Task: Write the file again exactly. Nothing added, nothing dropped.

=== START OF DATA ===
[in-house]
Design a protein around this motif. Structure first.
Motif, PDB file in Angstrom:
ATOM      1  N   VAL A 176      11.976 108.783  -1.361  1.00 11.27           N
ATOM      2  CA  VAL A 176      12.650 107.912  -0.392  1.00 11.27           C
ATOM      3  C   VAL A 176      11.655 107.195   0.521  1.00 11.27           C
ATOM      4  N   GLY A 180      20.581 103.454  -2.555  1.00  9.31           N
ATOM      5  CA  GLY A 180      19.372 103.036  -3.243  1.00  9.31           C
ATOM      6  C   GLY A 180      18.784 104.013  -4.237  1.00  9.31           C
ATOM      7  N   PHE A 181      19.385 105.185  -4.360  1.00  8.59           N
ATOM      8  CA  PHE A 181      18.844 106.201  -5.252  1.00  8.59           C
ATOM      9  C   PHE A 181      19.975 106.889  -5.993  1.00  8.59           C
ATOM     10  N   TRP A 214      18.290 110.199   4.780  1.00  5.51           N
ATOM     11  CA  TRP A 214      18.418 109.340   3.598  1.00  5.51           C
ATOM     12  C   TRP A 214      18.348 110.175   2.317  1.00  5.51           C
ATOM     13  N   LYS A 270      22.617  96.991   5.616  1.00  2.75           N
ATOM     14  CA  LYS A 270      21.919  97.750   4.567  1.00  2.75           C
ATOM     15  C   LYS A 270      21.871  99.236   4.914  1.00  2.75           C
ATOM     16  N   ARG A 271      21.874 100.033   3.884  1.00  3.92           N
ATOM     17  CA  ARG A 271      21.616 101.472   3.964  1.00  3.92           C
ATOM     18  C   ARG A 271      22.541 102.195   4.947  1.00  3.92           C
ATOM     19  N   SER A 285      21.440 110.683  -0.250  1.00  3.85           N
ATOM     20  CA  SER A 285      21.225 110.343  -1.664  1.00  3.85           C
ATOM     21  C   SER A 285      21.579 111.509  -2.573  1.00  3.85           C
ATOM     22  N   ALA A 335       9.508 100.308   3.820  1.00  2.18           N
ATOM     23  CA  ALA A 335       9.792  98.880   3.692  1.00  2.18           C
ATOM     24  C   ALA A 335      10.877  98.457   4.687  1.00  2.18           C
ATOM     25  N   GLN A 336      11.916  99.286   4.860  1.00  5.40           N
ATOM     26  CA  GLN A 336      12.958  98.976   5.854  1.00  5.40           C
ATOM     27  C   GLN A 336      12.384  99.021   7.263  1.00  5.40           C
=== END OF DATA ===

[in-house]
Design a protein around this motif. Structure first.
Motif, PDB file in Angstrom:
ATOM      1  N   VAL A 176      11.976 108.783  -1.361  1.00 11.27           N
ATOM      2  CA  VAL A 176      12.650 107.912  -0.392  1.00 11.27           C
ATOM      3  C   VAL A 176      11.655 107.195   0.521  1.00 11.27           C
ATOM      4  N   GLY A 180      20.581 103.454  -2.555  1.00  9.31           N
ATOM      5  CA  GLY A 180      19.372 103.036  -3.243  1.00  9.31           C
ATOM      6  C   GLY A 180      18.784 104.013  -4.237  1.00  9.31           C
ATOM      7  N   PHE A 181      19.385 105.185  -4.360  1.00  8.59           N
ATOM      8  CA  PHE A 181      18.844 106.201  -5.252  1.00  8.59           C
ATOM      9  C   PHE A 181      19.975 106.889  -5.993  1.00  8.59           C
ATOM     10  N   TRP A 214      18.290 110.199   4.780  1.00  5.51           N
ATOM     11  CA  TRP A 214      18.418 109.340   3.598  1.00  5.51           C
ATOM     12  C   TRP A 214      18.348 110.175   2.317  1.00  5.51           C
ATOM     13  N   LYS A 270      22.617  96.991   5.616  1.00  2.75           N
ATOM     14  CA  LYS A 270      21.919  97.750   4.567  1.00  2.75           C
ATOM     15  C   LYS A 270      21.871  99.236   4.914  1.00  2.75           C
ATOM     16  N   ARG A 271      21.874 100.033   3.884  1.00  3.92           N
ATOM     17  CA  ARG A 271      21.616 101.472   3.964  1.00  3.92           C
ATOM     18  C   ARG A 271      22.541 102.195   4.947  1.00  3.92           C
ATOM     19  N   SER A 285      21.440 110.683  -0.250  1.00  3.85           N
ATOM     20  CA  SER A 285      21.225 110.343  -1.664  1.00  3.85           C
ATOM     21  C   SER A 285      21.579 111.509  -2.573  1.00  3.85           C
ATOM     22  N   ALA A 335       9.508 100.308   3.820  1.00  2.18           N
ATOM     23  CA  ALA A 335       9.792  98.880   3.692  1.00  2.18           C
ATOM     24  C   ALA A 335      10.877  98.457   4.687  1.00  2.18           C
ATOM     25  N   GLN A 336      11.916  99.286   4.860  1.00  5.40           N
ATOM     26  CA  GLN A 336      12.958  98.976   5.854  1.00  5.40           C
ATOM     27  C   GLN A 336      12.384  99.021   7.263  1.00  5.40           C